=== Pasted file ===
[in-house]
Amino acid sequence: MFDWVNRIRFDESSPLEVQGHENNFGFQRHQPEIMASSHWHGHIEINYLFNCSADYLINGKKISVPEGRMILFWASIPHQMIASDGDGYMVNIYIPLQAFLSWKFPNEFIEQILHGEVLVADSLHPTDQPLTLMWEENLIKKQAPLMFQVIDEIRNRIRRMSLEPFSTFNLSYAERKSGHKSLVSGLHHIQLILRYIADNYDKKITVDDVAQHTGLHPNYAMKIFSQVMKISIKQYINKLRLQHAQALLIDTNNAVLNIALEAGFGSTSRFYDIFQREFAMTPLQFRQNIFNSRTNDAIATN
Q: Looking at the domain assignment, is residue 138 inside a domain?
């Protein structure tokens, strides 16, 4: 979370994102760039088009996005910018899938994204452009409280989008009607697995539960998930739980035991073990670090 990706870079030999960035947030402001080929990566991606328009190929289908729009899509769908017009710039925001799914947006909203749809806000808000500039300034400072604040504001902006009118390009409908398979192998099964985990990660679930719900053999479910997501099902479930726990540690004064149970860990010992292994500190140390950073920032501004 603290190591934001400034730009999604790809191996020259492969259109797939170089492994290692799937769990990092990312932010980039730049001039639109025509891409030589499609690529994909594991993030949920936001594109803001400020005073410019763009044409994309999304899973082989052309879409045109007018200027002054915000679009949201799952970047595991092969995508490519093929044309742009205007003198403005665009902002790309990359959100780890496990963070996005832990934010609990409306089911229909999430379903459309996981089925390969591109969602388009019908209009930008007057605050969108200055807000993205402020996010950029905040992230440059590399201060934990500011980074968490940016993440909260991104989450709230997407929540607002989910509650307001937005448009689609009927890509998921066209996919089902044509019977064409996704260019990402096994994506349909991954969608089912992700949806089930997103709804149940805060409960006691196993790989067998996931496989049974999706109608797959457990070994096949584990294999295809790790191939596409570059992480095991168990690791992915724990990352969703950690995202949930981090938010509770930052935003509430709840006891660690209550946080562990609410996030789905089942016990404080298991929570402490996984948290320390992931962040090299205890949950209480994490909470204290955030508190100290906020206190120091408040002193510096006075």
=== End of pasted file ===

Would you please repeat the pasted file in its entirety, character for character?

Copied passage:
[in-house]
Amino acid sequence: MFDWVNRIRFDESSPLEVQGHENNFGFQRHQPEIMASSHWHGHIEINYLFNCSADYLINGKKISVPEGRMILFWASIPHQMIASDGDGYMVNIYIPLQAFLSWKFPNEFIEQILHGEVLVADSLHPTDQPLTLMWEENLIKKQAPLMFQVIDEIRNRIRRMSLEPFSTFNLSYAERKSGHKSLVSGLHHIQLILRYIADNYDKKITVDDVAQHTGLHPNYAMKIFSQVMKISIKQYINKLRLQHAQALLIDTNNAVLNIALEAGFGSTSRFYDIFQREFAMTPLQFRQNIFNSRTNDAIATN
Q: Looking at the domain assignment, is residue 138 inside a domain?
């Protein structure tokens, strides 16, 4: 979370994102760039088009996005910018899938994204452009409280989008009607697995539960998930739980035991073990670090 990706870079030999960035947030402001080929990566991606328009190929289908729009899509769908017009710039925001799914947006909203749809806000808000500039300034400072604040504001902006009118390009409908398979192998099964985990990660679930719900053999479910997501099902479930726990540690004064149970860990010992292994500190140390950073920032501004 603290190591934001400034730009999604790809191996020259492969259109797939170089492994290692799937769990990092990312932010980039730049001039639109025509891409030589499609690529994909594991993030949920936001594109803001400020005073410019763009044409994309999304899973082989052309879409045109007018200027002054915000679009949201799952970047595991092969995508490519093929044309742009205007003198403005665009902002790309990359959100780890496990963070996005832990934010609990409306089911229909999430379903459309996981089925390969591109969602388009019908209009930008007057605050969108200055807000993205402020996010950029905040992230440059590399201060934990500011980074968490940016993440909260991104989450709230997407929540607002989910509650307001937005448009689609009927890509998921066209996919089902044509019977064409996704260019990402096994994506349909991954969608089912992700949806089930997103709804149940805060409960006691196993790989067998996931496989049974999706109608797959457990070994096949584990294999295809790790191939596409570059992480095991168990690791992915724990990352969703950690995202949930981090938010509770930052935003509430709840006891660690209550946080562990609410996030789905089942016990404080298991929570402490996984948290320390992931962040090299205890949950209480994490909470204290955030508190100290906020206190120091408040002193510096006075």